Martin Collins, reminding us that we, as followers of Christ, may suffer persecution, provides encouragement by reminding us we are promised boldness through the power of the Holy Spirit, making it unnecessary to prepare a response against the persecutors. When the laws of God conflict with the laws of man, civil disobedience is the only correct response, as was patterned by Peter, Paul, and the apostles, who boldly proclaimed Jesus' resurrection from the dead despite intimidations and threats from the religious establishment, terrified at losing their power base. The disciples knew, however, that with the power emanating from the Holy Spirit, the gates of hell could not prevail against their work. Peter was not in the least intimidated, boldly proclaiming to these religious leaders that: (1) they were guilty of crucifying Jesus, (2) Jesus rose from the dead, (3) the purpose of God was completed despite opposition and God's purpose alone will stand, and (4) Jesus is the only means of salvation, a statement which seems 'harsh' and 'intolerant' to most of the world. If we are following God, we will be compelled to disobey civil authority at some point. We cannot reclusively join a monastery nor should we become secular, cowardly assenting to evil laws, but we must fear God rather than man, righteously performing what God requires of us, realizing that our citizenship has been registered in Heaven. We should entrust ourselves to God for safe-keeping, realizing that the just shall live by faith.
Richard Ritenbaugh, reflecting on the verdict of the macabre case in North Carolina, in which a couple had been collecting welfare benefits for an adopted daughter who had been mysteriously missing for two years, concludes that Judge Thomas Schroeder acted within the principles of biblical law, even though the majority of the citizenry would have liked to see the parents executed. Physical evidence failed to convict these scoundrels of anything more than welfare fraud. Real justice can only be based on the truth, potentially dangerous to the perpetrator or the victim. Though the Old and New Testament are complementary to one another, with the apostles directly quoting from the prophets, establishing Jesus Christ's Messianic identity, the emphasis of justice in the New Testament switches from national to personal in scope, from the nation of Israel to the Israel of God (the Church). The New Testament builds on and amplifies the Old Testament. Jesus magnifies the Law, fusing external motor behavior (or deeds) with internal psychological motivation. All sin begins as thought. Matthew 5: 17-20 encapsulates Christ's change in approach, taking the elementary literalist approach of the Pharisees into the real heart of the matter, focusing on what could and should be done on the Sabbath as opposed to what cannot be done. From the New Testament applications amplifying Old Testament principles, we find legal tenets practiced consistently in Israelitish countries, such as the need for two or three witnesses, protection against mob rule, penalties for frivolous lawsuits and hasty litigation, the principle of recompense and equity, conflict of interest considerations, separation of church and state, penalties against collusion, legitimate use of civil rights, and judicial clearing. While we are still learning the ropes of godly judging, we are commanded to refrain from presumptuously passing or executing judgment until Christ gives us our credentials.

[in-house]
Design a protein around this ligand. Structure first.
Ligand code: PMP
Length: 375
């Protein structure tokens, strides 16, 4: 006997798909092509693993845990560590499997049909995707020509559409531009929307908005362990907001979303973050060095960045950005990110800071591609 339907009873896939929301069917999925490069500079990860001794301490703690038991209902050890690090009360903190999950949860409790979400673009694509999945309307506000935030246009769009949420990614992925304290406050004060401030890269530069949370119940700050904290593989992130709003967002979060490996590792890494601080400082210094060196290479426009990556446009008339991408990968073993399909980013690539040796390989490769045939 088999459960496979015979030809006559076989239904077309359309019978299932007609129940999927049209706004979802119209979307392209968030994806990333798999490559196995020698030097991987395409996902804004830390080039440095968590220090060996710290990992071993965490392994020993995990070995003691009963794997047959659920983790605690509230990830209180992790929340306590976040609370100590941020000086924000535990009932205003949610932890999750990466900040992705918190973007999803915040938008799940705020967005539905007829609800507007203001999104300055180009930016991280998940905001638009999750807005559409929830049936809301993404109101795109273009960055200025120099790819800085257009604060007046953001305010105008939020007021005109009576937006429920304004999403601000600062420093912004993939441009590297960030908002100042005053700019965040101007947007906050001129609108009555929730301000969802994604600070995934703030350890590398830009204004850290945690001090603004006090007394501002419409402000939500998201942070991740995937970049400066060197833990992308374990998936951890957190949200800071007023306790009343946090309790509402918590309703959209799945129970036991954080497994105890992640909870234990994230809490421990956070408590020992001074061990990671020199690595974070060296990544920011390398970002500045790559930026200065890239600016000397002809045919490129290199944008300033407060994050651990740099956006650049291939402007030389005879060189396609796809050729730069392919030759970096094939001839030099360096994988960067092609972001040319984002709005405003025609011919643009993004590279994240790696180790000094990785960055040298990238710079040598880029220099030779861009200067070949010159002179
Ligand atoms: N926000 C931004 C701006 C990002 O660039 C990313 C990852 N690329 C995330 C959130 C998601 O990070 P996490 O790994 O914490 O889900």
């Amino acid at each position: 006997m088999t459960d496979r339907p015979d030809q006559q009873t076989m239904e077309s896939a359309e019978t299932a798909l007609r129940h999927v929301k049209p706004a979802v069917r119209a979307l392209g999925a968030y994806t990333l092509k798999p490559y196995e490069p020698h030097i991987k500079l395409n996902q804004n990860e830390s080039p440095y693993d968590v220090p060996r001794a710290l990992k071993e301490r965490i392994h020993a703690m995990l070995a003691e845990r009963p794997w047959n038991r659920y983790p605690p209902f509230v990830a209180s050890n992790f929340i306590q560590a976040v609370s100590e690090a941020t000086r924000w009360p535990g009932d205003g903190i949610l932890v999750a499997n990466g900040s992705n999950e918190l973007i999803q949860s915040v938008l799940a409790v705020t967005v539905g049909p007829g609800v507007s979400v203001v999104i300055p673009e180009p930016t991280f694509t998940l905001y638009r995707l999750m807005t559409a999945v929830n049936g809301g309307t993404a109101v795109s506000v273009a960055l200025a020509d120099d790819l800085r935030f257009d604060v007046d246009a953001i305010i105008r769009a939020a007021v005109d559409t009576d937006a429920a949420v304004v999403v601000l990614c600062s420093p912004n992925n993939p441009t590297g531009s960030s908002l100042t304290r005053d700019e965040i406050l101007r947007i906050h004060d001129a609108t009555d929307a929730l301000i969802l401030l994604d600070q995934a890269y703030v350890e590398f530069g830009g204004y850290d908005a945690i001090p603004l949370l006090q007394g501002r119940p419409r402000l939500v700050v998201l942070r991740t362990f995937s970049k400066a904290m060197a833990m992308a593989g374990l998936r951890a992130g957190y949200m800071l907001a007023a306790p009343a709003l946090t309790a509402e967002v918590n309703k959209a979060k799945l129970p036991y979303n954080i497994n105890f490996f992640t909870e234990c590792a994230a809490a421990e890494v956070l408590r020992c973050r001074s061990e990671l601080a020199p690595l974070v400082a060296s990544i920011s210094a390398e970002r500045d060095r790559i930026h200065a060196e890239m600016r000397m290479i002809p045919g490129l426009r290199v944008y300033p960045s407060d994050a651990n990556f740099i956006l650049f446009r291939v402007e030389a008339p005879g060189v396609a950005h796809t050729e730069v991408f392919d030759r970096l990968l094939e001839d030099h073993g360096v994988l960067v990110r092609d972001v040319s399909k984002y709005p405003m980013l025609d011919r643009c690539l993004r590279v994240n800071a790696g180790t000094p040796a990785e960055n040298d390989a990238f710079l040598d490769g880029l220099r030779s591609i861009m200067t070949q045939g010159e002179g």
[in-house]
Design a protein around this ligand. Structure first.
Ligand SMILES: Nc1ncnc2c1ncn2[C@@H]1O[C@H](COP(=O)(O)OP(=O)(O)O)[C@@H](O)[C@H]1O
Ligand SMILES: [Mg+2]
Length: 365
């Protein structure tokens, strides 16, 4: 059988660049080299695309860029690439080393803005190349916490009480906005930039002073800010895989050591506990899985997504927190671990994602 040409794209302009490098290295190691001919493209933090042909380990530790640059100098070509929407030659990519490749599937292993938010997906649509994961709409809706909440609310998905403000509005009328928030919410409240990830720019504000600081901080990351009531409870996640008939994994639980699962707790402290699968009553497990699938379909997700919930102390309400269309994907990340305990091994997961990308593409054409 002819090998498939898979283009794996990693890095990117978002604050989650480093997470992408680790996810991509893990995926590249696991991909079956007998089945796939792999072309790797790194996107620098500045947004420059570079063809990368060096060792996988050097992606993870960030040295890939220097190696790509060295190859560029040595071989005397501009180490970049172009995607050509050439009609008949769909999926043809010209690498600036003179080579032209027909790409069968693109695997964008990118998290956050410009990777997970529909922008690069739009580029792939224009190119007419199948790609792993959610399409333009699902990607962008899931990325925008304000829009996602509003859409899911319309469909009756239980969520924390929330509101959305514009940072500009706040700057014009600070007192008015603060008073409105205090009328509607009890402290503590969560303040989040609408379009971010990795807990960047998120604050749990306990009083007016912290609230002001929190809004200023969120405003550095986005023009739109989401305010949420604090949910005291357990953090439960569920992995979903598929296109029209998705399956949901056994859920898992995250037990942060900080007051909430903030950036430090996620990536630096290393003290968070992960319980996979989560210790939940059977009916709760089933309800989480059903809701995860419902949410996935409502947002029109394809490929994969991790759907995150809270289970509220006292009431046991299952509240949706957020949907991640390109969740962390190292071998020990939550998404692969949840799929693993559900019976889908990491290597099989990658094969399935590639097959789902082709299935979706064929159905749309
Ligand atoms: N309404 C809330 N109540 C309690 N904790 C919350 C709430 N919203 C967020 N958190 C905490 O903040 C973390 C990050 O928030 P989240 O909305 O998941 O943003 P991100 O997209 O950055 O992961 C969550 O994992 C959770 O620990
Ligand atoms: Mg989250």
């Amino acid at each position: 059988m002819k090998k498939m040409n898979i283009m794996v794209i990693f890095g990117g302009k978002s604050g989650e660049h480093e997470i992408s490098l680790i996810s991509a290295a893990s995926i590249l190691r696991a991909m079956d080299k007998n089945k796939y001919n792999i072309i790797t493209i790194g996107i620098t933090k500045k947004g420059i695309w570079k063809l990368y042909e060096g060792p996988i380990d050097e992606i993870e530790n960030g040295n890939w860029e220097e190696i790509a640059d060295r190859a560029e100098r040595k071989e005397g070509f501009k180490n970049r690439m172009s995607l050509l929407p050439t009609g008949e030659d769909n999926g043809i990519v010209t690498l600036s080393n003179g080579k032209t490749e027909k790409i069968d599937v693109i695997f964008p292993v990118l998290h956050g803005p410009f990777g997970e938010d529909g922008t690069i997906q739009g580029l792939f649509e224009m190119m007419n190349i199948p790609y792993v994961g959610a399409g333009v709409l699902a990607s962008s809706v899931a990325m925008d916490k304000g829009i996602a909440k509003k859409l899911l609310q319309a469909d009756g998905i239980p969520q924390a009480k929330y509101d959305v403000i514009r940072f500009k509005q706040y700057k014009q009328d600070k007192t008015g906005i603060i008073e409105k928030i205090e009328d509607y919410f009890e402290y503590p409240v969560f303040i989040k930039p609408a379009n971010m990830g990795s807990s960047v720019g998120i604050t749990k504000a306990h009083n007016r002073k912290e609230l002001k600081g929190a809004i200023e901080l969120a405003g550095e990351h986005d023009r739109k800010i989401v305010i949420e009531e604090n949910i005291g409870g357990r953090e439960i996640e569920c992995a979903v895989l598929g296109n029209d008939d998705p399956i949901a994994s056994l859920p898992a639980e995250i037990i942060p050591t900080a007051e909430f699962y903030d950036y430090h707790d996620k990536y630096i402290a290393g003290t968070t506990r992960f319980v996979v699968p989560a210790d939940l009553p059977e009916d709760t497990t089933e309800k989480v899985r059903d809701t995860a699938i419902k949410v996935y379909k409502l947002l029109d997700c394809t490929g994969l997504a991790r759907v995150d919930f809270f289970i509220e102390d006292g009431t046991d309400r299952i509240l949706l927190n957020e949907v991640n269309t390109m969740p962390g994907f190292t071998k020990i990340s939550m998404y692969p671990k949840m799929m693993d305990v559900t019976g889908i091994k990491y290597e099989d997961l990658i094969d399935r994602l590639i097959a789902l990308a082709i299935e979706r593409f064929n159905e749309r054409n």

Martin Collins, reflecting on an advertisement in which a slick, liberal actor endorsed the concept of pro-choice (murder of the unborn) while making fun of the pro-life concept, states that during the past 40 years, the American people have murdered 54 million babies—far outdistancing the deaths in Auschwitz, Dachau, and all the other death camps throughout the world. The number of babies slaughtered annually far exceed combined military deaths. Disgusting brain suction abortions are routinely performed in pregnancies that have gone beyond three months. Abortion is a result of an insane mental disposition on the part of the befuddled mother, and encouraged by a callused medical community. Medical publications like the Journal of the American Medical Association have indicated that the mental problems of the post-abortion mothers who experience guilt, anxiety, sexual dysfunction, and even suicide, have mushroomed out of control. Not only do the mental disorders of the mother hopelessly deteriorate, but the mental health of the siblings, the spouse, and the extended family degenerate as well. As modern Israel rejects God and His Law, God has taken a hands-off approach to the sinning populace, leaving them to come to terms with the consequences of their turpitude. Legalized abortion reveals the moral decadency of a nation, people, and culture—a culture which has totally rejected God. Life begins at conception; science cannot alter that reality. Studies have shown that babies begin learning language within 30 hours of being in the womb. The Scriptures reveal that even before conception, God has planned the future course of the future being. This country, for the past 40 years, has not repented of murdering its young; how much longer will God withhold His wrath?